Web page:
About Vivien Schmidt:

I was born in New York, lived in Milan from ages 8 to 16, studied in Paris in my early 20s, and now divide my time between Boston and Paris. My education in art and photography began in Italy, through visits to museums as well as by my stepfather, a consultant engineer and an avid black and white photographer. It continued as an undergraduate at Bryn Mawr College, through my art teacher, Fritz Janschka, a member of the “Vienna School of Fantastic Realism” (with whom he studied in the 1940s and 1950s). I began photography in earnest in the 1990s, when I was exhibiting my color photos widely in New England, with solo exhibitions in Boston and Maine as well as group exhibitions in Maine, New Hampshire, and Vermont. I switched to digital photography in the mid 2000s. Subsequent exhibitions include a solo exhibition of ‘romantic’ Italian landscapes at the Museum of Viniculture in Tuscany in 2007 and a group exhibition at the New Art Center in New York City in 2008. My solo exhibition at the New Art Center in New York City in 2009 showed a wider range of images from Japan, Italy, and India. My solo exhibition focused on imaginedlandscapes at the Galleria Mentana in Florence, Italy, in 2010 highlighted different parts of Italy. My solo exhibition entitled at the NY Center for Photography and the Moving Image in New York in 2011 featured new work on mountain landscapes from the US Southwest, the Italian Dolomites, and the Norwegian fjords. My latest exhibitions at Harvard’s Center for European Studies and at the Italian Consulate in Boston focus on Italy’s historical landscapes, urban and rural, with a mix of new and older works. Recent group exhibitions include group shows at the Tornatora Gallery in Rome, the De Marchi Gallery in Bologna, the Galleria Mentana in Florence, the Primopiano Gallery in Lecce, Italy, and the Studio Vogue Gallery in Toronto.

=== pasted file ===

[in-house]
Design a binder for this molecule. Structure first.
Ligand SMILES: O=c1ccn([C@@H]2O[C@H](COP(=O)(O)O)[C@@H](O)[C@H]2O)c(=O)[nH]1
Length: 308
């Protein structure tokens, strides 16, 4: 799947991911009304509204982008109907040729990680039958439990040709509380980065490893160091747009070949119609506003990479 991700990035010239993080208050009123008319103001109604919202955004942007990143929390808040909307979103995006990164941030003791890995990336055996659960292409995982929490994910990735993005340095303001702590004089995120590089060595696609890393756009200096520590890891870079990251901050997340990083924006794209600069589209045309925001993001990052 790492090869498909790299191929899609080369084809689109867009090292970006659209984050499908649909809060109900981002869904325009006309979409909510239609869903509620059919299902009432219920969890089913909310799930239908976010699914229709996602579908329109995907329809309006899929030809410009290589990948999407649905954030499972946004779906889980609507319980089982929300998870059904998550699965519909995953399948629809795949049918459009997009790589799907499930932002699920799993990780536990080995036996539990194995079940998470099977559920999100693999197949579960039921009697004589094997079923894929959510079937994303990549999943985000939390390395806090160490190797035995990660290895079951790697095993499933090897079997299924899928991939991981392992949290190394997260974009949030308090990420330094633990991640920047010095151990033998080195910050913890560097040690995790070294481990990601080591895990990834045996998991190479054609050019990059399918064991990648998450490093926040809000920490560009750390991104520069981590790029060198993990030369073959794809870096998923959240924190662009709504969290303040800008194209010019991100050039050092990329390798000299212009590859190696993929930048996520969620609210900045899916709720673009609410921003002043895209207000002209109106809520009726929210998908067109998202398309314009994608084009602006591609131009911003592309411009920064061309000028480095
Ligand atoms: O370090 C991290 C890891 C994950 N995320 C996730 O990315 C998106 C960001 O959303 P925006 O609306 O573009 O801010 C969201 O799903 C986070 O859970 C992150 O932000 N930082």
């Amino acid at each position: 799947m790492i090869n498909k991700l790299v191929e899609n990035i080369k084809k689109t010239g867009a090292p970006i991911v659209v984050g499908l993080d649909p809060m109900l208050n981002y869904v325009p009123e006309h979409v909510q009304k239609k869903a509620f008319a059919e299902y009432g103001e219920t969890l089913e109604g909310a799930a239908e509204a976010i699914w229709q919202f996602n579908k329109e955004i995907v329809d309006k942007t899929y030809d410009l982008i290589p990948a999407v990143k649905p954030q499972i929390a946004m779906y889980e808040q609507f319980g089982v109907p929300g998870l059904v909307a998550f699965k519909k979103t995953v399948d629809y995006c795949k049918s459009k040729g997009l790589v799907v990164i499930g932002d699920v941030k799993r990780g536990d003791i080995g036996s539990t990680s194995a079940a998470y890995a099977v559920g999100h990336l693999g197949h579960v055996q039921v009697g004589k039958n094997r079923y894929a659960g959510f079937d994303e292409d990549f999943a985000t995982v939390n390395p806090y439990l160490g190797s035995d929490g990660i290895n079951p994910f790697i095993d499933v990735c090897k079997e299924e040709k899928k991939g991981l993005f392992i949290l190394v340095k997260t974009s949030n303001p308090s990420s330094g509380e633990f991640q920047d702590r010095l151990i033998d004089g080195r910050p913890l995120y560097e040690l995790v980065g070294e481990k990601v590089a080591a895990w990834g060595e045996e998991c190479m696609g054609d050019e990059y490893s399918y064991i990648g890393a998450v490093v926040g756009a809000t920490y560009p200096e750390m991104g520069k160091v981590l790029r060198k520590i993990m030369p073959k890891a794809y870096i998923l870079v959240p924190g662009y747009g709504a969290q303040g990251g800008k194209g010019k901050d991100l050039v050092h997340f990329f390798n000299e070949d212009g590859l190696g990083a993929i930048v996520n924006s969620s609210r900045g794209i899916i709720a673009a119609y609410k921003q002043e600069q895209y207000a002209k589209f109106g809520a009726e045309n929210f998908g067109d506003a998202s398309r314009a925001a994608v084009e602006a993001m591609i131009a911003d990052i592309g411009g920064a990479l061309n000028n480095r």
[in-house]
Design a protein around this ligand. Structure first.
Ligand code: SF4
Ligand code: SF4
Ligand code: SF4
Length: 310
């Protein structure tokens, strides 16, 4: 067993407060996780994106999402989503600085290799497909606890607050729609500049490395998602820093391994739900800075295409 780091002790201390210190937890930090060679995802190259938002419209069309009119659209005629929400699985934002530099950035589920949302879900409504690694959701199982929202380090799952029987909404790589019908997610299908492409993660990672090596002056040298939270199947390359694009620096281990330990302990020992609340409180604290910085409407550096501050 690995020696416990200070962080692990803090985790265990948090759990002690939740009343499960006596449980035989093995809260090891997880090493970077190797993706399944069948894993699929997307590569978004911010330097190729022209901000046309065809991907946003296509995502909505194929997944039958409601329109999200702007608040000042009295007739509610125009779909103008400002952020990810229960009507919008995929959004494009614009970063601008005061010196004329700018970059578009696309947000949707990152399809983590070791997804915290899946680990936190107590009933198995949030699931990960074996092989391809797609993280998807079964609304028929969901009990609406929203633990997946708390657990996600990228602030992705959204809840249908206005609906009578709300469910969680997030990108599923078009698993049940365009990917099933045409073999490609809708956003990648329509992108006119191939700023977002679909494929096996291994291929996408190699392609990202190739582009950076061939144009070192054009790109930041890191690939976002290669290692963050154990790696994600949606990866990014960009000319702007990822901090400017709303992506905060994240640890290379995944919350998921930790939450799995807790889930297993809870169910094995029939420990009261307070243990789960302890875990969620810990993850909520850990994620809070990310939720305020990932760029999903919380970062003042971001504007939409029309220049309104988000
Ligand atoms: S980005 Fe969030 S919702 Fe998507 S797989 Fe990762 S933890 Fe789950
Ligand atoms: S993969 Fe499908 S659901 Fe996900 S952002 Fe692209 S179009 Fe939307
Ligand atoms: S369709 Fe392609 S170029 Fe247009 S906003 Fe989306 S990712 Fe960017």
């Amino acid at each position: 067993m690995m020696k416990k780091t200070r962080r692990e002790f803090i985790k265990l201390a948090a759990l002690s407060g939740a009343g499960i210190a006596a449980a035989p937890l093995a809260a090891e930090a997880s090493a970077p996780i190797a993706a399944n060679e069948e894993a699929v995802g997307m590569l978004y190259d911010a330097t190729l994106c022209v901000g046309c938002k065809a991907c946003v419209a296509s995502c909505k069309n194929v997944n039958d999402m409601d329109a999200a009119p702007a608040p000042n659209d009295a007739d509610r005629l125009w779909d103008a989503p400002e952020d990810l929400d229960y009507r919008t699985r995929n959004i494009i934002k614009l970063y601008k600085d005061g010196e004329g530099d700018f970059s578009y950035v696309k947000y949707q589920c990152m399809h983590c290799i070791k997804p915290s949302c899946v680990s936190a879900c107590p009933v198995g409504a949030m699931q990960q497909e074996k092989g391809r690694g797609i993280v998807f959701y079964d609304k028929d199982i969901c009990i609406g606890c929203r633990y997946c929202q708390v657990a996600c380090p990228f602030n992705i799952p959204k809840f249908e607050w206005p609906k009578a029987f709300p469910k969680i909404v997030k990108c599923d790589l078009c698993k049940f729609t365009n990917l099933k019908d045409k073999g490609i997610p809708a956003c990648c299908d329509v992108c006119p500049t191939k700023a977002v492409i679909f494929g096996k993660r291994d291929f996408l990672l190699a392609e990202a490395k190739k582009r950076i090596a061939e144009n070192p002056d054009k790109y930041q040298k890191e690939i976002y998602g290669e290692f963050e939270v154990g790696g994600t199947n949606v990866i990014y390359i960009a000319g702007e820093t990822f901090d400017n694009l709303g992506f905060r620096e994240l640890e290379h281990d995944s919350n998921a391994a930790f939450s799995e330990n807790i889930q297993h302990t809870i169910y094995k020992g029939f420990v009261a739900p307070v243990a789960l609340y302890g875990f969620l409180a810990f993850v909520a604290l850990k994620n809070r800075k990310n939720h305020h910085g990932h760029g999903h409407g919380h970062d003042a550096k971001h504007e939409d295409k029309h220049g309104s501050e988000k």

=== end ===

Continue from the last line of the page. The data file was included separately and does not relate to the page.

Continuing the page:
About the work:

My landscapes serve as evocations of place and time, and are intended to bring to mind artists’ renderings over the ages. I see the re-imaging process (via photoshop) as akin to stripping away layers of old paint to uncover the masterpiece hidden beneath—but in this case, I strip away layers of the real landscape to reveal artists’ depictions of places we recognize, even if we have never been there.

In some cases, my images are post-photographic, as semi-abstract images that bear little resemblance to reality but are nonetheless familiar, as real places that, although reimagined, nonetheless retain the outlines of the original photograph. A number of these post-photographic can be seen in my images of cityscapes as well as landscapes in Italy in particular, whether Rome, Amalfi, or Tuscany. Other images tend to be hyper-real, going only slightly beyond the expected. This is true for most of my work on mountains. These are landscapes that, although closer to the real, remain nevertheless somehow ethereal, and still correspond to the landscapes of our dreams.